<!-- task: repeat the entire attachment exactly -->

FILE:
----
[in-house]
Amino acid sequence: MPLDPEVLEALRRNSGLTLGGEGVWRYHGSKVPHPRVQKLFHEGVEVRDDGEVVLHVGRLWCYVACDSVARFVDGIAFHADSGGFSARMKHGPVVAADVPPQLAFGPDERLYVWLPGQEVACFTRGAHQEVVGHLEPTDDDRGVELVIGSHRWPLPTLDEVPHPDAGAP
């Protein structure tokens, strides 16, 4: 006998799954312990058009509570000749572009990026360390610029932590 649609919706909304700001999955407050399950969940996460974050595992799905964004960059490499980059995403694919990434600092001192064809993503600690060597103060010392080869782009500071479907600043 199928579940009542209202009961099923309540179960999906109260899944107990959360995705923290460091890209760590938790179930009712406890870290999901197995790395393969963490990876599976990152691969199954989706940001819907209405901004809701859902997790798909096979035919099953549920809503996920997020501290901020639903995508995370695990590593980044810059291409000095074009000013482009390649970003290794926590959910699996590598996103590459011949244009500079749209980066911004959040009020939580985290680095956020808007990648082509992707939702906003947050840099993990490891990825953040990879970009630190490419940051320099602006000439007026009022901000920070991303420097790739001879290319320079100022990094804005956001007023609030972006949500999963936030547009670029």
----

[in-house]
Amino acid sequence: MPLDPEVLEALRRNSGLTLGGEGVWRYHGSKVPHPRVQKLFHEGVEVRDDGEVVLHVGRLWCYVACDSVARFVDGIAFHADSGGFSARMKHGPVVAADVPPQLAFGPDERLYVWLPGQEVACFTRGAHQEVVGHLEPTDDDRGVELVIGSHRWPLPTLDEVPHPDAGAP
């Protein structure tokens, strides 16, 4: 006998799954312990058009509570000749572009990026360390610029932590 649609919706909304700001999955407050399950969940996460974050595992799905964004960059490499980059995403694919990434600092001192064809993503600690060597103060010392080869782009500071479907600043 199928579940009542209202009961099923309540179960999906109260899944107990959360995705923290460091890209760590938790179930009712406890870290999901197995790395393969963490990876599976990152691969199954989706940001819907209405901004809701859902997790798909096979035919099953549920809503996920997020501290901020639903995508995370695990590593980044810059291409000095074009000013482009390649970003290794926590959910699996590598996103590459011949244009500079749209980066911004959040009020939580985290680095956020808007990648082509992707939702906003947050840099993990490891990825953040990879970009630190490419940051320099602006000439007026009022901000920070991303420097790739001879290319320079100022990094804005956001007023609030972006949500999963936030547009670029």